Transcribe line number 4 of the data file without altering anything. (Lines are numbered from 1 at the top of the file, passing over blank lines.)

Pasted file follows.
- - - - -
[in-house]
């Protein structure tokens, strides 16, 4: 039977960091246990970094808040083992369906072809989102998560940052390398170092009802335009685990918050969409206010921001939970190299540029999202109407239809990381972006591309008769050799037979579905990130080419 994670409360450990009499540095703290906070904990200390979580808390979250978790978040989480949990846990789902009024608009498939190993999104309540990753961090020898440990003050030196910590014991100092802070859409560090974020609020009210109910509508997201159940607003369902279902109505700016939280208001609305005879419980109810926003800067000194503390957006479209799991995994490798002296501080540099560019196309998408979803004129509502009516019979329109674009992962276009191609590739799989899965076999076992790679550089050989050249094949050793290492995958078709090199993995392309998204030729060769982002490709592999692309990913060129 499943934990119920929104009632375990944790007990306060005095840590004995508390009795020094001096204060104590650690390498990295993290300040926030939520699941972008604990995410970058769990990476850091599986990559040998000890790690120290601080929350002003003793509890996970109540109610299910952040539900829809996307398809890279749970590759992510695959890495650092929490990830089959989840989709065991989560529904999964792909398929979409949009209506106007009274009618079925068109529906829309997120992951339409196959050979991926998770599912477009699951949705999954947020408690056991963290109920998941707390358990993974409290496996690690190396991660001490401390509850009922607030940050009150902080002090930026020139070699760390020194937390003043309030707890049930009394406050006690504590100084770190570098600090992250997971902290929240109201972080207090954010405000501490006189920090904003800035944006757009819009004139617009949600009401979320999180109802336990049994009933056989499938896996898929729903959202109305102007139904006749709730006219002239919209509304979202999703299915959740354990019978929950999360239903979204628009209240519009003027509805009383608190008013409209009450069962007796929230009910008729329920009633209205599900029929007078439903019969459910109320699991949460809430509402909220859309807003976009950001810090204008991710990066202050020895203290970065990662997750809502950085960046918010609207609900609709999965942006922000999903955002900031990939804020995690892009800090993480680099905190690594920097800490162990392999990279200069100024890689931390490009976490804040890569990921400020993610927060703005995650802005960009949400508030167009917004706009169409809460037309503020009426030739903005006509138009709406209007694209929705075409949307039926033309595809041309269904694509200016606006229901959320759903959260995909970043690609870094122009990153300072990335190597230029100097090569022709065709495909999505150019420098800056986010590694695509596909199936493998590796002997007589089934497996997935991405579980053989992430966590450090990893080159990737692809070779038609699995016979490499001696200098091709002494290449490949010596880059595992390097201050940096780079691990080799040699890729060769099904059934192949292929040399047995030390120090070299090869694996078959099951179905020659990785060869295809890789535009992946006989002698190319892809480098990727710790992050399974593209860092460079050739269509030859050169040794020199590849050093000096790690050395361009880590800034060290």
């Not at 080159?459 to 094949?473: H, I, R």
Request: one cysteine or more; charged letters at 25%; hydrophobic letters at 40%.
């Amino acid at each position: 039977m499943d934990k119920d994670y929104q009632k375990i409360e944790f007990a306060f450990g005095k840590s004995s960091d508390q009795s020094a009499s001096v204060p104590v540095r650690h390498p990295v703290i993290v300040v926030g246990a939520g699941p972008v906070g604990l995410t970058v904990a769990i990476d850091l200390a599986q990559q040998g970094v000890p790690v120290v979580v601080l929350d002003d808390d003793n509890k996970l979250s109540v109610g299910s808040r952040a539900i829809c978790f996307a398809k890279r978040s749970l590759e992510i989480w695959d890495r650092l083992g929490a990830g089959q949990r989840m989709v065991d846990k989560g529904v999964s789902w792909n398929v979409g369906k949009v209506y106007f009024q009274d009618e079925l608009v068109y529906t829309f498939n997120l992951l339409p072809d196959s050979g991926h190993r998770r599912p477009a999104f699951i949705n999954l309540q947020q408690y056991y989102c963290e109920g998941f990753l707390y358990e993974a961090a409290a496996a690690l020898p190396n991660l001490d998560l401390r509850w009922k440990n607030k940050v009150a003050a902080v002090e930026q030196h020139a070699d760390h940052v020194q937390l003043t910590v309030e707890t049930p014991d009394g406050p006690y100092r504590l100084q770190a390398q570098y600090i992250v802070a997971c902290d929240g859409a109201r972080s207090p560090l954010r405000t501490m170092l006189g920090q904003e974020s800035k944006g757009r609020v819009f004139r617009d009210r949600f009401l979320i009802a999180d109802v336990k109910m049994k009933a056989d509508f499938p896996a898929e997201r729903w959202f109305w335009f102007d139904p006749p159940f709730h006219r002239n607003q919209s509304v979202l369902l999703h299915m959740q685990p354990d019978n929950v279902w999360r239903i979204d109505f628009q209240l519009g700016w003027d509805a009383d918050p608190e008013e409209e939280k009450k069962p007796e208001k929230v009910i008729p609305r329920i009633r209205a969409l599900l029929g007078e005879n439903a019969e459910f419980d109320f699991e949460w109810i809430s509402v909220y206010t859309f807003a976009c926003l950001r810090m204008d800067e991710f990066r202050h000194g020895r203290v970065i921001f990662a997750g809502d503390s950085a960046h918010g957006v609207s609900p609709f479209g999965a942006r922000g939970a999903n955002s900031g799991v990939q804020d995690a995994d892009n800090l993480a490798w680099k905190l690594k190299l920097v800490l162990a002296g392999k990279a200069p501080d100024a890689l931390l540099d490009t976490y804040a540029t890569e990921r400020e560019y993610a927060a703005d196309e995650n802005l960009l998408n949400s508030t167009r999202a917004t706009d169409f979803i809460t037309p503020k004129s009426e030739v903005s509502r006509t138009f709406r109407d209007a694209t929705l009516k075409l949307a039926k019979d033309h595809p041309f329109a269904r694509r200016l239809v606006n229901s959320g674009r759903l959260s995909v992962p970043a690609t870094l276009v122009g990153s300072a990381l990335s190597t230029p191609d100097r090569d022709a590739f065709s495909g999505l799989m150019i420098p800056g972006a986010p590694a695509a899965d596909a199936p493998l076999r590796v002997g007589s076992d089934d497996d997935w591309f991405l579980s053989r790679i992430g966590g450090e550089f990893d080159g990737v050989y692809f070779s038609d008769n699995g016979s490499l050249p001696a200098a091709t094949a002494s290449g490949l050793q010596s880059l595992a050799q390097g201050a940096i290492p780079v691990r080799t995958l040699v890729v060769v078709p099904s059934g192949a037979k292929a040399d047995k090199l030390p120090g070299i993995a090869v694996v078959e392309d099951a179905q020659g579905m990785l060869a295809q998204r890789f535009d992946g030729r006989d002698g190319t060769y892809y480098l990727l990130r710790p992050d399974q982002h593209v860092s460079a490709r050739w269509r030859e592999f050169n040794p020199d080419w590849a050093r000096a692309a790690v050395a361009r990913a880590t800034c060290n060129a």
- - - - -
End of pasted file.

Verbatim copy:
Request: one cysteine or more; charged letters at 25%; hydrophobic letters at 40%.